Did you add 'pad_to'? If so, thanks!

Good to know. I recently (within the last month) did a bunch of work on
psd, based in a large part on work done by one of my colleagues, Sean
Arms. I was worried some of this had broken existing code, but it
appears more likely that this was already a problem.

After much playing, and reading the Matlab docs, it looks like the
difference is that Matlab normalizes by the sampling frequency. Also,
if a one-sided psd is returned, it multiplies everything by 2. If I
apply these two scaling factors, I get results in line with those
produced by Matlab.

Now, this scaling was not performed by the old code, so this is not a
new incompatibility (bug?) with Matlab. Also, while I have not reviewed
the reference specified in the docstring (Bendat and Piersol 1986), the
book I have handy (Stoica and Moses 2005) does not mention scaling by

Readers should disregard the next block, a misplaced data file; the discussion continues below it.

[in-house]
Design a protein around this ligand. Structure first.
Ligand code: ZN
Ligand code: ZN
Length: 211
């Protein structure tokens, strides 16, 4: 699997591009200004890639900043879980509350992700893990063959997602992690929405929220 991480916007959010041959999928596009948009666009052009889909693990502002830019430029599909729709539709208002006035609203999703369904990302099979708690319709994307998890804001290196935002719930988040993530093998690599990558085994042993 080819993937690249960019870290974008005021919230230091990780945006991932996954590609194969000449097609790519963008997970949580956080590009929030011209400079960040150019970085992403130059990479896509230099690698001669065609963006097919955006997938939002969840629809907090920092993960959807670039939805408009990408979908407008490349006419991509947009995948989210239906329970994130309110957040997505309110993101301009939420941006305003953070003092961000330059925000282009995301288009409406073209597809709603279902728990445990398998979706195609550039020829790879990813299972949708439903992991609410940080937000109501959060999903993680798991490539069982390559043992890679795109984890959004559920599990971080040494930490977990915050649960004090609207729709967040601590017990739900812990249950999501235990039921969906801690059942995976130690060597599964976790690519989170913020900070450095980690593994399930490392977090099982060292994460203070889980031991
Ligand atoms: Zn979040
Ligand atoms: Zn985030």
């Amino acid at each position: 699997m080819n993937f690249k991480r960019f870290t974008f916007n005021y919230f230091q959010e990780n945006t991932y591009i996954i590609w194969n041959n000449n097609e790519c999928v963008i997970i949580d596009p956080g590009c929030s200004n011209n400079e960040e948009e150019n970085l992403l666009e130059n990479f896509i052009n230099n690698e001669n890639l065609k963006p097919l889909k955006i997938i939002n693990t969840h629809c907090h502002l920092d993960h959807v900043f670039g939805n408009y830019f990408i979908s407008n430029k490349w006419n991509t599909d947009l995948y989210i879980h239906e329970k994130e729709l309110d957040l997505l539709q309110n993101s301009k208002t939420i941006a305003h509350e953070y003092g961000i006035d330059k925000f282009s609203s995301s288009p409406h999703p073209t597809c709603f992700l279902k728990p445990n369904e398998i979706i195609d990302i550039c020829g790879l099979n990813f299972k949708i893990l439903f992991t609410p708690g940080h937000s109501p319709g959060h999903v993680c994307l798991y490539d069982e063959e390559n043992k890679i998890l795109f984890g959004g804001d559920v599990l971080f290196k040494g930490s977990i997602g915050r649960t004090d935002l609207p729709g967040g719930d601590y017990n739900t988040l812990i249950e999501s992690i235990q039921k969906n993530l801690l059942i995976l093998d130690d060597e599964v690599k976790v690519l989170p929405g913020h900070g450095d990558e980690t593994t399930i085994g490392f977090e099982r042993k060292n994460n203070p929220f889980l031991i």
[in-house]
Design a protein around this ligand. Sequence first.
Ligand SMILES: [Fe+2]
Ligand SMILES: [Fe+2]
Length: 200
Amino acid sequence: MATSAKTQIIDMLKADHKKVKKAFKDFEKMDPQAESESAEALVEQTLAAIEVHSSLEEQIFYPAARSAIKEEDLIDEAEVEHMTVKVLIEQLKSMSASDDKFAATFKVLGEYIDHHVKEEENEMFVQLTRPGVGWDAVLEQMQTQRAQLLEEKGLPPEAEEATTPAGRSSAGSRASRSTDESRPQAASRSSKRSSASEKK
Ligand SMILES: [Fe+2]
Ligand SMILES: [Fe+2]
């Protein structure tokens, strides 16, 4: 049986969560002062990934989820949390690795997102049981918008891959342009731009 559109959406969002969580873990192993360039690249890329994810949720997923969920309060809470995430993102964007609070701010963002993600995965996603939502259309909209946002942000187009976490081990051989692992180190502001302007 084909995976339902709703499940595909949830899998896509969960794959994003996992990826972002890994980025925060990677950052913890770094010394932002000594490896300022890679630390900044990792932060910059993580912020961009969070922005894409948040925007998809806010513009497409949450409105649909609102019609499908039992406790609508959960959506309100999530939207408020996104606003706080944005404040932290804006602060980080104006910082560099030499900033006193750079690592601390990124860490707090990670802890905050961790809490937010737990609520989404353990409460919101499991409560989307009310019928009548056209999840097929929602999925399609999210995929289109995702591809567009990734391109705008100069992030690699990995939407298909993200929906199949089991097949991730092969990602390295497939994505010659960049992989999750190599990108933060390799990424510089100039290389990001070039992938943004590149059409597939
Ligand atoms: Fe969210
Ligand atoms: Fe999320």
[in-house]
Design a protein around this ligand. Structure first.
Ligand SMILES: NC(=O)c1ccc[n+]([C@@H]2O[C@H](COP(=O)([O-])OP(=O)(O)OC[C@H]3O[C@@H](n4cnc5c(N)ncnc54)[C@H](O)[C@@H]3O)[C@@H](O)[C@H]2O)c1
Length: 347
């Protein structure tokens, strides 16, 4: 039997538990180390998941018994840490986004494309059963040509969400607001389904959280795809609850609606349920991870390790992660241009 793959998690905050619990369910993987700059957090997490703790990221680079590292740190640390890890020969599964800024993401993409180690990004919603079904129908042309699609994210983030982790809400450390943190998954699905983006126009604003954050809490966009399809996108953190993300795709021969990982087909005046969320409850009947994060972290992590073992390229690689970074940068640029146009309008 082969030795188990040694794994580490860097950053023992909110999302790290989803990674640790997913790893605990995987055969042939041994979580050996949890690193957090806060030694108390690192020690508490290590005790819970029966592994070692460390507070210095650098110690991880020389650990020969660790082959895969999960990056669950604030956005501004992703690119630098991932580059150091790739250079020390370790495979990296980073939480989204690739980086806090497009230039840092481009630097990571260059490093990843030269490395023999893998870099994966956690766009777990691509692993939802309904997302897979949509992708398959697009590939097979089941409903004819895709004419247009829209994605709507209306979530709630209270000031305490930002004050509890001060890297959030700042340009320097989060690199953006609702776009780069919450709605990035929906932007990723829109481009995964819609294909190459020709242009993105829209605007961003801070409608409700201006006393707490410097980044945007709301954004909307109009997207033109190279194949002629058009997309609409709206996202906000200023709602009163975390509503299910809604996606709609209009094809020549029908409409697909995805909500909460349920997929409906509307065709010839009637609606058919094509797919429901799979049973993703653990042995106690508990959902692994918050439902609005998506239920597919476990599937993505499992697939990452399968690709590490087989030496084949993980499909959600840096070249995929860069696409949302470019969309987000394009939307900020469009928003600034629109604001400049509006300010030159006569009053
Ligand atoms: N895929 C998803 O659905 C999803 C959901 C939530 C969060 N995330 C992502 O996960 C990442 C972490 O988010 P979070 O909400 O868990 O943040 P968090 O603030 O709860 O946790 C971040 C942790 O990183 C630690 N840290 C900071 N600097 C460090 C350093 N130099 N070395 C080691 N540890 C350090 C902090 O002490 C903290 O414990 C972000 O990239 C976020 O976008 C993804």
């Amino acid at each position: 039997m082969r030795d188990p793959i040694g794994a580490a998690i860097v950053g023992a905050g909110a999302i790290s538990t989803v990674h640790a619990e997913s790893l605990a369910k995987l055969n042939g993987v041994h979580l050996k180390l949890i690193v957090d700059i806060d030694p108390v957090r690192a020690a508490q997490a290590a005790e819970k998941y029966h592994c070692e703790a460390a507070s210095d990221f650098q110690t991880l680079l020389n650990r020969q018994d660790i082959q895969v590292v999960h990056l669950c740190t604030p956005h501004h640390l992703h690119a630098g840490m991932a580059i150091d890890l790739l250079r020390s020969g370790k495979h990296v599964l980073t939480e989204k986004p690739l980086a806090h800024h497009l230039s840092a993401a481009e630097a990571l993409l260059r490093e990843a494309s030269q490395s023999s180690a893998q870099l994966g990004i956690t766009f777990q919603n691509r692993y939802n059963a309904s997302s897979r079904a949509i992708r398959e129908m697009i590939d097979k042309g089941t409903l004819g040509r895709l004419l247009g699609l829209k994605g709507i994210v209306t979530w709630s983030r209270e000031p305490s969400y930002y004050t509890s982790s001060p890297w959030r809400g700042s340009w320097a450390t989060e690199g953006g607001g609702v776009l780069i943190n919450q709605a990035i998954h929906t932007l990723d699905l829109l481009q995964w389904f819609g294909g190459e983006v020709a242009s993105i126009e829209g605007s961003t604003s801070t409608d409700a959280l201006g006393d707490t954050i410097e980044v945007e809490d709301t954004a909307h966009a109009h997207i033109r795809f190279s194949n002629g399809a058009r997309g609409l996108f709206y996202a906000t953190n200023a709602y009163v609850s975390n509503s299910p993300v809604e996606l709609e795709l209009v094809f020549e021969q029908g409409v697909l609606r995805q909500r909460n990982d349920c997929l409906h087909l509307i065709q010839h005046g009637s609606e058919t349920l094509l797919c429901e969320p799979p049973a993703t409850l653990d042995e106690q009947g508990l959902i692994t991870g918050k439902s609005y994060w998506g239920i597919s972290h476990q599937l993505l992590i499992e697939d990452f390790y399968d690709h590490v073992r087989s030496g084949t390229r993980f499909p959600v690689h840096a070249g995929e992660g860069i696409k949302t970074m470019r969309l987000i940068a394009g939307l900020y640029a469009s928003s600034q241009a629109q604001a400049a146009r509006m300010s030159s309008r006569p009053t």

the sampling frequency, nor does the included Matlab code perform any
such scaling.

So what should be done here? I would be opposed to making such scaling
the default, as IMHO it tries to do too much and I would have to work
around it to get the more "raw" numbers. However, I am not opposed to
adding (yet another) option to do such scaling.

Hi Ryan,

I appreciate the work you're doing on this, and while I don't have any
very strong opinions on the API questions you raise, I would request
that you include in the docstrings information at least at the level of
the above, listing the scaling issue, the sources you've followed and
how and why you've chosen to follow them or deviate, and differences
with the default behavior of other software. I recently helped a
colleague use Matlab's PSD/pwelch functions and had to spend some time